“Grindhouse,” review by Marjorie Baumgarten

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More than just a fun three hours at the movies, Grindhouse is a total immersion into movie geekdom, in which the packaging, marketing, lore, and accumulative experience are as much a part of the deal as the images that are up on the screen

In the Austin Chronicle: If they could, I suspect Rodriguez and Tarantino would design their own grind-house movie chain of theatres that would re-create the urban scuzz-holes of the past, which ran cheap movies nonstop – a usually eclectic mix of exploitation, horror, and action films, as well as a random assortment of top studio product that had seen better days and more intact prints. As it is, Grindhouse is an homage to an experience rather than any certain type of film, and with its two separate feature films – “Planet Terror” by Rodriguez and “Death Proof” by Tarantino – a host of tongue-in-cheeky trailers by the likes of Rob Zombie, Edgar Wright, and Eli Roth; scratches and notices of missing reels intentionally inserted into the prints in order to heighten the illusion of the celluloid’s sprocket-weary authenticity; a splashy two-for-the-price-of-one marketing campaign; and enough cast members to keep the talk-show couches on permanent rotation, Grindhouse raises the bar for a certain kind of movie lollapalooza (and also for the kind of filmmaker who is also a showman, along the lines of a William Castle or Cecil B. DeMille). It’s this injection of playfulness and fun and attention to the entire moviegoing gestalt that will probably become Grindhouse’s lasting contribution to movie history rather than any on-the-screen content of the movie itself. Ultimately, “Planet Terror” and “Death Proof” are as transient and expendable as the movies they ape (which is meant as a tribute to their authenticity rather than a put-down). Of course, by now, everyone in Austin knows that Grindhouse was filmed here last summer, and part of the local fun will derive from the sight of and references to familiar locations in Tarantino’s section, whose first half is set in Austin. First up, however, is Rodriguez’s “Planet Terror,” a zombie barrage that begins with some pus and guts and builds to an all-out Armageddon between the humans and zombies. Rodriguez again proves that he’s a brilliant action director, making those of us who wish he would give at least equal attention to his scripts seem churlish for desiring more storyline when he’s able to invent a set-piece as good as that of a leading lady who has a machine gun for a leg (McGowan). Tarantino’s half is harder to judge within its Grindhouse context, as “Death Proof” is practically two discrete movies in itself – the first part a talky jamboree of girls’ night out and the second a gloriously staged car chase/vengeance film, which plays like a demented filmmaker/fan’s love offering to stuntwoman Zoë Bell (who is showcased here doing her own stunts) and the non-Disney career of Kurt Russell (who plays a badass called Stuntman Mike in both “Death Proof” segments). Following the zombie rampage of “Planet Terror” and the crazed momentum of the whacked-out trailers and fake ads, the detail-rich dialogue of Tarantino’s girls-night-out segment becomes an unfortunate victim of the adrenaline-fueled madness that precedes it. Then an abrupt change of place and characters, linked only by the centrality of Stuntman Mike in both segments, leads directly into the near-wordless muscle-car mayhem that consumes the second half of “Death Proof. ” I imagine that somewhere down the line we’ll get to see “Death Proof” and “Planet Terror” as stand-alone DVD releases with lots of extras, which is the point at which we’ll get a better handle on how Tarantino’s film plays without the pacing predicament of this combo release. Grindhouse holds a wealth of opportunities for potential DVD releases in the future: Don’t be surprised to see whole movies spun out from some of the trailers or characters (Trejo’s Machete and Poitier’s Jungle Julia seem likely candidates) or a special directors’ cut version that restores the missing reels and “remasters” out the splices and scratches. Rodriguez and Tarantino are nothing if not inexhaustible masters of movie revivification.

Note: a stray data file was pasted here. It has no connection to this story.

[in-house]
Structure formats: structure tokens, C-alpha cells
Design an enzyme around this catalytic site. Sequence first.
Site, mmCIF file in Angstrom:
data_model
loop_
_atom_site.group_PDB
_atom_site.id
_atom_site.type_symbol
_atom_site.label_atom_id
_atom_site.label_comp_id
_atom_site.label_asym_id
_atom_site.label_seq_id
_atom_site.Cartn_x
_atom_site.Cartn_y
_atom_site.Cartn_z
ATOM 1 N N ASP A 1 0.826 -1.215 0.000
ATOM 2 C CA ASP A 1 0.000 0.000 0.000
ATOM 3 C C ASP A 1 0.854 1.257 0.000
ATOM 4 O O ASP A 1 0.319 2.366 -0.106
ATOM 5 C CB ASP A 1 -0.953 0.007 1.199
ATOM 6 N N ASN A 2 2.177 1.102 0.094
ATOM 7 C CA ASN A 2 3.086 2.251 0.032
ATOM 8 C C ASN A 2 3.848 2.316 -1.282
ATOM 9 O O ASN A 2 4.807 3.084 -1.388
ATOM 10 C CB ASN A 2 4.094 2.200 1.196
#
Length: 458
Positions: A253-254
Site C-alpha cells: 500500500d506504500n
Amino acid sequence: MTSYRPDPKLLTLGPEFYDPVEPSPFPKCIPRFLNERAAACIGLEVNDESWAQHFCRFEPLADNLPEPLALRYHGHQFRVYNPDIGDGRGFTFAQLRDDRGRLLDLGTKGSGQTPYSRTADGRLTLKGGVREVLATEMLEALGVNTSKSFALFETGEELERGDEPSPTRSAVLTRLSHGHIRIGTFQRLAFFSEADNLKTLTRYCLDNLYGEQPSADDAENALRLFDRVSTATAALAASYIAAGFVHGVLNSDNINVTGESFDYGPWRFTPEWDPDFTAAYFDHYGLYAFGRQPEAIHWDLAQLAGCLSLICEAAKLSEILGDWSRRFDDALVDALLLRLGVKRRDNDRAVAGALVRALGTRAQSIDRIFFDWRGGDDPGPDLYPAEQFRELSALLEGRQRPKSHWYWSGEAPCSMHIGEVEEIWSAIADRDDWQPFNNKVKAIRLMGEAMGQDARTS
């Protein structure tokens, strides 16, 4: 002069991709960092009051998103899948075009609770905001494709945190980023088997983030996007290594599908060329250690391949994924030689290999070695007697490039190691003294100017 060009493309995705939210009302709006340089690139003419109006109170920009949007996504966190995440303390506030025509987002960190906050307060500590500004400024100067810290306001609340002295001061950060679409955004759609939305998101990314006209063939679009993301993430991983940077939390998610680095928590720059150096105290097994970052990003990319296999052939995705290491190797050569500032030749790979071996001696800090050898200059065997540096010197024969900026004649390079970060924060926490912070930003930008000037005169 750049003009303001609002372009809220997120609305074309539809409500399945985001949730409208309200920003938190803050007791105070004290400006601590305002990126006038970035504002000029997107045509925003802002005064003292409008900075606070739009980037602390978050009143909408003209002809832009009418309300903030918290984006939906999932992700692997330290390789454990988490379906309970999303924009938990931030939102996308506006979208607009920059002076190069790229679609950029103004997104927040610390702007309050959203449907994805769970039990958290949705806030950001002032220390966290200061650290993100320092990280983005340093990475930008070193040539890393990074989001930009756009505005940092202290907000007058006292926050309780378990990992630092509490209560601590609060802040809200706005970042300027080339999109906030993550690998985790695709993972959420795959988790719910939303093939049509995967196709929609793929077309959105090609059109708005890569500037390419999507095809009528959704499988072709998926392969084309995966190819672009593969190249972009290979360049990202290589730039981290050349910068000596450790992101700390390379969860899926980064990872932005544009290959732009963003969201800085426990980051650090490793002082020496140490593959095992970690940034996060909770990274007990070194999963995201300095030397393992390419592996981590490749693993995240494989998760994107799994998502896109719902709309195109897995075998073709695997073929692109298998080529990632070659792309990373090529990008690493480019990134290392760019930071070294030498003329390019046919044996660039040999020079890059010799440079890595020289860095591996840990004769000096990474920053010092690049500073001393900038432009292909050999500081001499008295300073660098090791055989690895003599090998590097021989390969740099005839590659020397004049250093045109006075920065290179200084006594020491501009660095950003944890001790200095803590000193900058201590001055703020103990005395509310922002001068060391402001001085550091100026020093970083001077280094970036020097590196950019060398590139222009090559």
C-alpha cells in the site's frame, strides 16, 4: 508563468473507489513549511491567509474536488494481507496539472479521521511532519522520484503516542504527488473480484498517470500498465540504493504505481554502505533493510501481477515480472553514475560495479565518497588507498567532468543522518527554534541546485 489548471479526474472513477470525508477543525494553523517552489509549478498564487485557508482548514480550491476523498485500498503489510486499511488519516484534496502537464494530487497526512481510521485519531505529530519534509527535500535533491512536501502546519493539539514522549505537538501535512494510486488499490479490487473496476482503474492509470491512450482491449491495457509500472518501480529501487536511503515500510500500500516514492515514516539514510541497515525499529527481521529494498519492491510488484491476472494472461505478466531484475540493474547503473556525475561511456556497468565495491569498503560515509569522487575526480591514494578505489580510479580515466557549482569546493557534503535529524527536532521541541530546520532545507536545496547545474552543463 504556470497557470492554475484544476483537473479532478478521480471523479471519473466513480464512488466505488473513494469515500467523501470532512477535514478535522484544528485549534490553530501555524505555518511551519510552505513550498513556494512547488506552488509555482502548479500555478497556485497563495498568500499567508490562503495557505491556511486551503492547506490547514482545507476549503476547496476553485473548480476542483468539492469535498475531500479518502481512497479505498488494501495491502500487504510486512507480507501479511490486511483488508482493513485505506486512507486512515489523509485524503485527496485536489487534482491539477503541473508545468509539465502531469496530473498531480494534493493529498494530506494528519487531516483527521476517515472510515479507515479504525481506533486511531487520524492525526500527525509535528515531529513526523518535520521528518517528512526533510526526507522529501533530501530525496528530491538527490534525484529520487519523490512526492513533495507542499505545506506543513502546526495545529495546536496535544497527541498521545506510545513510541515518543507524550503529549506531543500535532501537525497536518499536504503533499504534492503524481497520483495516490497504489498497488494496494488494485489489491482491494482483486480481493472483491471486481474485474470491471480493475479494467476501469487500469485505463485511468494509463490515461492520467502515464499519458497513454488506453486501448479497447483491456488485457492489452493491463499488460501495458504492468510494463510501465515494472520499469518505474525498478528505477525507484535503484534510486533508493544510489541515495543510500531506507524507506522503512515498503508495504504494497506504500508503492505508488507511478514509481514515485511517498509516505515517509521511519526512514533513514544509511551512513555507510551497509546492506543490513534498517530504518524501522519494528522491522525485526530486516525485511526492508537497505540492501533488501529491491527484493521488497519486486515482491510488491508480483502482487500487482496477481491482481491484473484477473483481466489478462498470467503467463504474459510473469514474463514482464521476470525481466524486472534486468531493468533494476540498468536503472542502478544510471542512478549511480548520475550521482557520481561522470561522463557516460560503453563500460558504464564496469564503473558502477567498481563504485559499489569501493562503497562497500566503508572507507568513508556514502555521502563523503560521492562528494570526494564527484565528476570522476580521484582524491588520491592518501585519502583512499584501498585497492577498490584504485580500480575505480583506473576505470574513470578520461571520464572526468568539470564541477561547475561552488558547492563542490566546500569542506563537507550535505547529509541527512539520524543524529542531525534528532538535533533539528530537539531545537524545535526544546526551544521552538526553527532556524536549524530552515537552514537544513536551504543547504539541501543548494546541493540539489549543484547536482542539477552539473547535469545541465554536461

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Marjorie Baumgarten

Marjorie Baumgarten is a senior editor at The Austin Chronicle, where she is the lead film critic and film reviews editor.